Jerrod Carmichal is a quietly compelling presence in his directorial debut, ON THE COUNT OF THREE. As Val, half of a suicidal duo out to make the last day of their lives count for something, or at least to make it a day less depressing than the ones that have so far rounded out their lives, he plays stoic irony against the relieved resignation of a man who has made up his mind about what the next logical step should be. Soft-spoken for the most part, there is never a moment when the profound undercurrents of his emotional turmoil are not palpably present. It’s a performance that seems simple, until you realize just how many layers Carmichal is shrewdly revealing at every stop he and Kevin (Christopher Abbott) make revisiting their past before snuffing out their future. And how seamlessly he integrates them all.
The plan, as we learn in the opening moments, is for the lifelong friends to shoot each other on the eponymous count. How they got there is revealed in flashback to earlier that day. Kevin in therapy at a state facility after an unsuccessful suicide attempt, is railing against a medical profession that can’t help him after several decades of trying. His tirade includes the salient question of the film. Is every life worth saving? As for Val, he has just been promoted by his clueless boss from selling mulch to overseeing it, leading to his own unsuccessful suicide attempt in the company bathroom. That failure prompts him to break Kevin out of his mandated psychiatric hold so that, as a team, they can succeed where each has individually failed. Instead of taking care of business right away, though, Kevin persuades Val to have one last day in which there is no anxiety about the future, and no consequences for the present.
For Kevin, it’s a pig-out at his favorite greasy-spoon as Val looks on with bland disdain. Slowly, though, the full implications that this state of absolute freedom in which they find themselves dawns on them, leading to plans of various degrees of righteousness for evening scores and doing the world one last favor as a parting gift. That the bond between these two as played by these two actors is so strong, that their affection for one another is so deep and so unconditional, that their inability to heal one another, much less themselves, is so absolute creates a dynamic that makes their decisions all the more heartrending. Even as their antics in the face of their new freedom is so exhilarating.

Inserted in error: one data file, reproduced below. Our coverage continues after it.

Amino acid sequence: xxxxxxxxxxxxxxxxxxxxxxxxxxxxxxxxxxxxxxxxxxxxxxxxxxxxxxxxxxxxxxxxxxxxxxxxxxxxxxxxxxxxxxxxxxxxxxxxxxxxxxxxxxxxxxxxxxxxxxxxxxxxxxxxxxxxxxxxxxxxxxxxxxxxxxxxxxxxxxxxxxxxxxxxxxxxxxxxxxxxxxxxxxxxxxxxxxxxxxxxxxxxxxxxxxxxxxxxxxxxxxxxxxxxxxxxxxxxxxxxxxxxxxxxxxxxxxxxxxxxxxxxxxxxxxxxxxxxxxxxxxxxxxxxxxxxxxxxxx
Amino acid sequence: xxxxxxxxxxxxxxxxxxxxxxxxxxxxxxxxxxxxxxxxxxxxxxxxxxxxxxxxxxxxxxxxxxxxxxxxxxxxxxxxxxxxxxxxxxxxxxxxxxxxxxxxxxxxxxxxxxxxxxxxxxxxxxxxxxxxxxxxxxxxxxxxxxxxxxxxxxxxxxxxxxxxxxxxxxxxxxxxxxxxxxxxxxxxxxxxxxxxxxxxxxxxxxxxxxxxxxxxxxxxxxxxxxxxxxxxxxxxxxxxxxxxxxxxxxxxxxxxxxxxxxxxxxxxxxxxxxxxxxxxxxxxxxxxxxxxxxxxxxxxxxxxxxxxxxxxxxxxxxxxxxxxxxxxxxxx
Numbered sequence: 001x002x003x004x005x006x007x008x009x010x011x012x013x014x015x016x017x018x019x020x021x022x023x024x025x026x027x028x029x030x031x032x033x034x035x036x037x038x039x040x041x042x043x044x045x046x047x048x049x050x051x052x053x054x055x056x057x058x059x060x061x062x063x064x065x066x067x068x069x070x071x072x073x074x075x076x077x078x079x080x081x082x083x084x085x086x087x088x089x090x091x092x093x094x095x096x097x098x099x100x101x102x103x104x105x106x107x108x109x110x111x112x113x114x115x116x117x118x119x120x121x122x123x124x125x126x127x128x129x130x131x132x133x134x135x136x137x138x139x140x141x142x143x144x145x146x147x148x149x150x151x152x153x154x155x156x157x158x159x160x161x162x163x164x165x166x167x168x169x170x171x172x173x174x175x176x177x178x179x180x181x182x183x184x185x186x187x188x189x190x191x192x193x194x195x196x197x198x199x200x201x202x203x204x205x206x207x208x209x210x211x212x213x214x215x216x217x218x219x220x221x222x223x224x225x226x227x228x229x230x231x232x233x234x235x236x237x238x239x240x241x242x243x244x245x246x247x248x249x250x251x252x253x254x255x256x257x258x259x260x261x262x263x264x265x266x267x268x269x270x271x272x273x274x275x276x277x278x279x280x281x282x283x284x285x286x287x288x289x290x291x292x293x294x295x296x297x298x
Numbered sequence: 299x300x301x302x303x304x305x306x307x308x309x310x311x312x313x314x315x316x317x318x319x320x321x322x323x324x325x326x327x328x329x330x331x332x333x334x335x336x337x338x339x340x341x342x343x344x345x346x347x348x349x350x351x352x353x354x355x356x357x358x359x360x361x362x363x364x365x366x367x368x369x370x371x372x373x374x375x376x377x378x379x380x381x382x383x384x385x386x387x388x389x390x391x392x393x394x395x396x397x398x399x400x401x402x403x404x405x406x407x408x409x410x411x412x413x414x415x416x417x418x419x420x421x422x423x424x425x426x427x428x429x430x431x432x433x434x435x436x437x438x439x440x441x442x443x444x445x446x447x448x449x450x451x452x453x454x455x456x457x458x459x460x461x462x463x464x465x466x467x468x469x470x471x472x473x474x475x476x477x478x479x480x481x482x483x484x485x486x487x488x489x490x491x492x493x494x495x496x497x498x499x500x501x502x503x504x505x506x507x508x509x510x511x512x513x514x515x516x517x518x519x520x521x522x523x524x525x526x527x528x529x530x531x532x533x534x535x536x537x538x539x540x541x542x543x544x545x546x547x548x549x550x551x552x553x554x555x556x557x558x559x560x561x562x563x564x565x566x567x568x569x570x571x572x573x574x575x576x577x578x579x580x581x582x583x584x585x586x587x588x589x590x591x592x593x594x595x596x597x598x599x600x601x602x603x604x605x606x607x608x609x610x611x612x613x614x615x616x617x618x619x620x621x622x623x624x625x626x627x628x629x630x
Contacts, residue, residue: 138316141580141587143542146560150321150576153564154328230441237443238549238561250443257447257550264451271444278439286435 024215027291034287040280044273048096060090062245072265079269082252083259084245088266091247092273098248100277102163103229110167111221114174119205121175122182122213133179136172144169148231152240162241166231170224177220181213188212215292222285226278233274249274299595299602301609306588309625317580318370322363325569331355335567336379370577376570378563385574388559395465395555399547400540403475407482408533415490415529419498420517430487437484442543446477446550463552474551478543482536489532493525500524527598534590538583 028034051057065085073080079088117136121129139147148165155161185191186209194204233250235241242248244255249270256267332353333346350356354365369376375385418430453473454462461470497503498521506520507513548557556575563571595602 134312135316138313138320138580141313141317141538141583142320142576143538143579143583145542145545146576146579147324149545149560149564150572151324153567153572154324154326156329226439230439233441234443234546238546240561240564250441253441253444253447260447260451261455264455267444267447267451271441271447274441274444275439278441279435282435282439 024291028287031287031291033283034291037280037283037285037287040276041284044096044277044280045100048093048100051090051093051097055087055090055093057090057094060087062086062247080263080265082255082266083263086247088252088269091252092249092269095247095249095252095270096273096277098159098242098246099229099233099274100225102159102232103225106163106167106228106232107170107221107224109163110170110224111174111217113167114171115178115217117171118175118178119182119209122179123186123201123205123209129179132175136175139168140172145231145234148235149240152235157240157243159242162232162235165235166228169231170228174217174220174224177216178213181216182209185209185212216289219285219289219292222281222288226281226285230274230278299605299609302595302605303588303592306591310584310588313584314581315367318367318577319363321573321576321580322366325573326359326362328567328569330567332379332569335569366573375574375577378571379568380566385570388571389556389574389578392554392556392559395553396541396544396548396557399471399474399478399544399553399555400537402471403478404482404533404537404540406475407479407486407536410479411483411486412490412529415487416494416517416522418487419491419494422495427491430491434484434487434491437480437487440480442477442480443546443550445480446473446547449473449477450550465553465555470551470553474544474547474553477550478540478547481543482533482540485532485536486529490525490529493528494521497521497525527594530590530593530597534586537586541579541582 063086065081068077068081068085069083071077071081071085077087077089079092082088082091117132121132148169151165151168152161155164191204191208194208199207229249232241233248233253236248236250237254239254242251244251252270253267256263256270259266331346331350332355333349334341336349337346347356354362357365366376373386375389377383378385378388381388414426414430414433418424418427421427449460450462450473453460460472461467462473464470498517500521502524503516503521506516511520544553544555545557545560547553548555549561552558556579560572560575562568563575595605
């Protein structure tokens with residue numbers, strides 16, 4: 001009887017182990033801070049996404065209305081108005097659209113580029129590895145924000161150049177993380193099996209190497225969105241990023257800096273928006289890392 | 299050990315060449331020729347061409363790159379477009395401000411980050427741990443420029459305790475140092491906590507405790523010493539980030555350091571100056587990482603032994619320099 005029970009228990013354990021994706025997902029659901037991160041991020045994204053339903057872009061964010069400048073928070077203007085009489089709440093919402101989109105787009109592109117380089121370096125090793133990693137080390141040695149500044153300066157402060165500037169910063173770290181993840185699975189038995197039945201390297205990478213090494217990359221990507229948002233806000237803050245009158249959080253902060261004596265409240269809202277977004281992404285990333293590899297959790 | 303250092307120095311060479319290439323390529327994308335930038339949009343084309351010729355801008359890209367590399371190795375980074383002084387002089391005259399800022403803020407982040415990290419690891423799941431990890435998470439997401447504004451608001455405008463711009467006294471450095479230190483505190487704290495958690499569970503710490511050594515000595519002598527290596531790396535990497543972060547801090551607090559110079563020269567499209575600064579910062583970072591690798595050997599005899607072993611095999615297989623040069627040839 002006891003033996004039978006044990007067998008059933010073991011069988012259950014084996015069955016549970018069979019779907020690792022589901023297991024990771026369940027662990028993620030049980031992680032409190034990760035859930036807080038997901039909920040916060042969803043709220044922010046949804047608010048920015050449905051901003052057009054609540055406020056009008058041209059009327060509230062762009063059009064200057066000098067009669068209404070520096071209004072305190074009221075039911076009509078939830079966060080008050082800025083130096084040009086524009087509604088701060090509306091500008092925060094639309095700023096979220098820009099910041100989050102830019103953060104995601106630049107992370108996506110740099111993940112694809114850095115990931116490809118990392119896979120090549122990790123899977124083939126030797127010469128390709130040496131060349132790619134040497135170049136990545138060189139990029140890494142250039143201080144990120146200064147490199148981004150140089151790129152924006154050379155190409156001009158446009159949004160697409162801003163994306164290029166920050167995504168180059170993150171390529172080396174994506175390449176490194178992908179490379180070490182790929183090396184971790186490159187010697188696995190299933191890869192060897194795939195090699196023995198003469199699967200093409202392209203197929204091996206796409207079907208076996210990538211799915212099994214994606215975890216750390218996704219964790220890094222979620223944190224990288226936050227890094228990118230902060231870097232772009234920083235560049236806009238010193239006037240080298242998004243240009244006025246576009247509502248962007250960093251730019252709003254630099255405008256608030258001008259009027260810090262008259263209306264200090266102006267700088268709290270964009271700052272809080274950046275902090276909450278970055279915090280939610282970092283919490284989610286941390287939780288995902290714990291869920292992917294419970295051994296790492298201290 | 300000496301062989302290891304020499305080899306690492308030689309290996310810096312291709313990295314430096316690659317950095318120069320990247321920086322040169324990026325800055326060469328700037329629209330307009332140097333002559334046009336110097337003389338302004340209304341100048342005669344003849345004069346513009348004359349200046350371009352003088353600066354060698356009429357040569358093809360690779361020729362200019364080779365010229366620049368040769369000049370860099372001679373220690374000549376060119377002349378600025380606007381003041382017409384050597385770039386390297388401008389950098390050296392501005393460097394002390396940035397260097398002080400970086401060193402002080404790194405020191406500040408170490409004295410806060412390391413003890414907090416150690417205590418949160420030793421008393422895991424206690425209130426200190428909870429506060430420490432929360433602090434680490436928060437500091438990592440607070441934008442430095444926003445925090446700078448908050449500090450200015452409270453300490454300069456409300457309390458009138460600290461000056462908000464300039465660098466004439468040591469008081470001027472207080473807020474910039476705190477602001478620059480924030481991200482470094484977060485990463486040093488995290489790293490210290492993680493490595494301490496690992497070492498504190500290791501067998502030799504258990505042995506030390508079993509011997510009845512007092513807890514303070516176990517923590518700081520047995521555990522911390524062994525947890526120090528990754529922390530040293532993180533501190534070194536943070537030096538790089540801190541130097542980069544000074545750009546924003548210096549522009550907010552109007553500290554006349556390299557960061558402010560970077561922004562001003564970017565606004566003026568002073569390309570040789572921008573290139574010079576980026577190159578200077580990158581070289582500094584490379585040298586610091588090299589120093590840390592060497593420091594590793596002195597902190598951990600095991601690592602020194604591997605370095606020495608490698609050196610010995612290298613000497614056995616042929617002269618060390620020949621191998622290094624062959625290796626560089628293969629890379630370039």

There is nothing showy about the exposition that fills in the troubled lives these men have had. It’s as straightforward as Carmichal’s direction, that keeps the focus on externalizing the pain these men have learned to conceal even as it eats them up from the inside. It’s why Kevin can give a friendly fist-bump and a smile to the bully who tormented him in high-school while Abbott, with sad eyes and tense face, conveys what Kevin is really feeling, the anger and the sense of worthlessness that manifests as suicidal violence turned on himself. It is an intense, aching moment that hearkens back directly to that question he directed to the psychiatrist assigned to him, about if all lives are worth saving, and it answers it, at least from his perspective with a finality that nothing short of unconsciousness, permanent or temporary, can alter.
The course of one day changing paradigms forever is an honored storytelling trope, but ON THE COUNT OF THREE delves into that premise’s possibilities with sensitive insight and a vigorous curiosity about where it can lead. The result is a melancholy descant of a film that separates the horrors of life from the hopeless numbness that they engender, where snatched moments of joy have never been more of a relief. Billed as a dark comedy, it is judicious in its use of light-hearted elements. This is a film about pain and hope, and what happens when the proportions are skewed. Don’t expect easy answers, only a few inevitable ones. And by the time the credits roll, you will be happy that the filmmakers didn’t choose the easy way out.